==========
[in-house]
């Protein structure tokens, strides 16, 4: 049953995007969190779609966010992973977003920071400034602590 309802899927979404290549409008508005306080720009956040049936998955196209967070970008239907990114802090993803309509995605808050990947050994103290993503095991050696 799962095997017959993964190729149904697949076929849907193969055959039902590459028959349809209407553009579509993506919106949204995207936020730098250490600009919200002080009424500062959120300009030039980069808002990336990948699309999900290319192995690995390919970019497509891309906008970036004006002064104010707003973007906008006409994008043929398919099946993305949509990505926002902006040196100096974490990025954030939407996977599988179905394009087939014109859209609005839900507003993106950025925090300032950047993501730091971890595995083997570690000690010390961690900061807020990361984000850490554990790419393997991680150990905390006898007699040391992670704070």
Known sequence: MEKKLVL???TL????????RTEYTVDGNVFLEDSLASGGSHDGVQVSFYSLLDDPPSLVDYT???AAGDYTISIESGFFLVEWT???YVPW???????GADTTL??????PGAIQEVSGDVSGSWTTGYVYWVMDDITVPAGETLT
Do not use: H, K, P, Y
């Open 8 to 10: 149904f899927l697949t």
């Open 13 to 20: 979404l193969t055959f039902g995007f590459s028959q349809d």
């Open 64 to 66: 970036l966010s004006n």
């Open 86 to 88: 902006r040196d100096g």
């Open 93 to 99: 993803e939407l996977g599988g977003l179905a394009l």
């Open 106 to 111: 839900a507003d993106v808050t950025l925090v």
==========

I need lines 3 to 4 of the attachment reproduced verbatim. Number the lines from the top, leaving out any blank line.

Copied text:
Known sequence: MEKKLVL???TL????????RTEYTVDGNVFLEDSLASGGSHDGVQVSFYSLLDDPPSLVDYT???AAGDYTISIESGFFLVEWT???YVPW???????GADTTL??????PGAIQEVSGDVSGSWTTGYVYWVMDDITVPAGETLT
Do not use: H, K, P, Y